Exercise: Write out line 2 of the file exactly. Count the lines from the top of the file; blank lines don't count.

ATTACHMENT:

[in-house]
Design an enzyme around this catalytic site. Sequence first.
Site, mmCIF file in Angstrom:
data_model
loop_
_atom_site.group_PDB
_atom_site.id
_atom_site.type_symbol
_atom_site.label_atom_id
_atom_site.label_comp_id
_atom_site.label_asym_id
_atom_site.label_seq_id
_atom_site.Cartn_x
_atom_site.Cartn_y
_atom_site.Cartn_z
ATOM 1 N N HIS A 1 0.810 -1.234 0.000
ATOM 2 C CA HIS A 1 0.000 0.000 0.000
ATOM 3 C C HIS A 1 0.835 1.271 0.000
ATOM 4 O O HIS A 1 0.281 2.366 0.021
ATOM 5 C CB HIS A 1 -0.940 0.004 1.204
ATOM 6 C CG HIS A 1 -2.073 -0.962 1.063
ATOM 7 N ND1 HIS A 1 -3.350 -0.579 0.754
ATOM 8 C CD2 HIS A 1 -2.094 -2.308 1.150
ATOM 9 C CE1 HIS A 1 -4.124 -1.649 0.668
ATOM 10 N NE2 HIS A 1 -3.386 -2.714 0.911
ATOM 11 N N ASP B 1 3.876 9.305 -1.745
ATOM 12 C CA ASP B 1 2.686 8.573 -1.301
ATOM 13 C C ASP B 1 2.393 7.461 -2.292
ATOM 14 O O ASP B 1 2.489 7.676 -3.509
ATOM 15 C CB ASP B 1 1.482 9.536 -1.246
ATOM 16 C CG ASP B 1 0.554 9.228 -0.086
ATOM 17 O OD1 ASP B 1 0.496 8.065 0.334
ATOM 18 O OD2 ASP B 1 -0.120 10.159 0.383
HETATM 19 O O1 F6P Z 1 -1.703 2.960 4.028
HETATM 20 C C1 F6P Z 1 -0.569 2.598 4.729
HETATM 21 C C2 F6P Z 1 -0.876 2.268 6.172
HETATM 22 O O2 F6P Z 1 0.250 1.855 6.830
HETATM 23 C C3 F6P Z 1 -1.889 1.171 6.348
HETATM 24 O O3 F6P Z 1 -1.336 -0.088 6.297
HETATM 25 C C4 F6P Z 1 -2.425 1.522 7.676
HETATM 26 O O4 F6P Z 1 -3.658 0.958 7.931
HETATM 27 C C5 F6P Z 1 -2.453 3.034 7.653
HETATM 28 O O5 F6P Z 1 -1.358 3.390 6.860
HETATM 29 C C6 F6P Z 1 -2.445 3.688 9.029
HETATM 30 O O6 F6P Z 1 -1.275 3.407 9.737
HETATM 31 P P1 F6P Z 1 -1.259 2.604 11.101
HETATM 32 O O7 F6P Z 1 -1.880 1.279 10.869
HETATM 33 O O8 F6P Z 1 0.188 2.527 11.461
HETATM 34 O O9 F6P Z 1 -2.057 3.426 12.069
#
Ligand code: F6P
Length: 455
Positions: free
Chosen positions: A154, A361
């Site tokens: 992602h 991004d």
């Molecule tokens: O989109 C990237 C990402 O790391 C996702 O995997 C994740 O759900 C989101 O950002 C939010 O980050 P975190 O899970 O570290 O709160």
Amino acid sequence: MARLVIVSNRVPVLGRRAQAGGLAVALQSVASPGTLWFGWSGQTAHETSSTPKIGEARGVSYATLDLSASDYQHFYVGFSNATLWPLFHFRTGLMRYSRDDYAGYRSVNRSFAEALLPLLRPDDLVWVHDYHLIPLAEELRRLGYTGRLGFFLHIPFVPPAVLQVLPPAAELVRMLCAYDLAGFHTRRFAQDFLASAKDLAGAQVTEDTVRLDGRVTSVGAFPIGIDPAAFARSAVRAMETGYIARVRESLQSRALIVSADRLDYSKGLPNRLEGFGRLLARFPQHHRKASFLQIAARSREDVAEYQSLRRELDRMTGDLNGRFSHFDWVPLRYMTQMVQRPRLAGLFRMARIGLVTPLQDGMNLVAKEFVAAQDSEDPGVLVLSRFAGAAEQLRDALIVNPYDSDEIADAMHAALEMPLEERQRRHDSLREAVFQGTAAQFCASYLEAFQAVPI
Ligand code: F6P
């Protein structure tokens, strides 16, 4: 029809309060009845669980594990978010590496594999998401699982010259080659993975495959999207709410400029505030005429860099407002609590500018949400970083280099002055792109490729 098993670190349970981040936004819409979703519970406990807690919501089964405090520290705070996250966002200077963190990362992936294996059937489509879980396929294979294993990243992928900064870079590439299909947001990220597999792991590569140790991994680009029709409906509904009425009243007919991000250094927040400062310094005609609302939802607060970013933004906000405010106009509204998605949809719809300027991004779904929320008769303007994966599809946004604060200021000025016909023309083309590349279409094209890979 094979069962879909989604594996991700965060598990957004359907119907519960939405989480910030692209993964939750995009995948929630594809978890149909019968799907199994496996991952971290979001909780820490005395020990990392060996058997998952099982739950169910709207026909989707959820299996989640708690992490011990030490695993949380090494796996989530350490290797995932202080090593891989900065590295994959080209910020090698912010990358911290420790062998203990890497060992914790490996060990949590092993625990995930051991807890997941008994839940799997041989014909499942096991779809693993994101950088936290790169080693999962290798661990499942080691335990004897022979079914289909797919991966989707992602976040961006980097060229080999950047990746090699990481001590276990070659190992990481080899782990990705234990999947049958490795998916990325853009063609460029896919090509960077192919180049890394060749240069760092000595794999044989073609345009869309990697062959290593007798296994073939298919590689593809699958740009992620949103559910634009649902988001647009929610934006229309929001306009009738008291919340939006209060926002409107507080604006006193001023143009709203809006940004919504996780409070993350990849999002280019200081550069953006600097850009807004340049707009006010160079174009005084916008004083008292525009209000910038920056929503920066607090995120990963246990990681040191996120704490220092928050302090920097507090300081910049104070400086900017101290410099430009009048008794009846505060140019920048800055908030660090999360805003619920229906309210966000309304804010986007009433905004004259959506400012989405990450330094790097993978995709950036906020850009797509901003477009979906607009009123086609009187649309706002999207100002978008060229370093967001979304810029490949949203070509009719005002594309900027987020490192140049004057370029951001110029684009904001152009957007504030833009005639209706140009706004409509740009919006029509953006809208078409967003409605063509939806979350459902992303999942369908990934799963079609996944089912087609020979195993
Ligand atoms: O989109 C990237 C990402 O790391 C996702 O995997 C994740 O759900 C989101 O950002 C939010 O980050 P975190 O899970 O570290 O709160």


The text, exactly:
Design an enzyme around this catalytic site. Sequence first.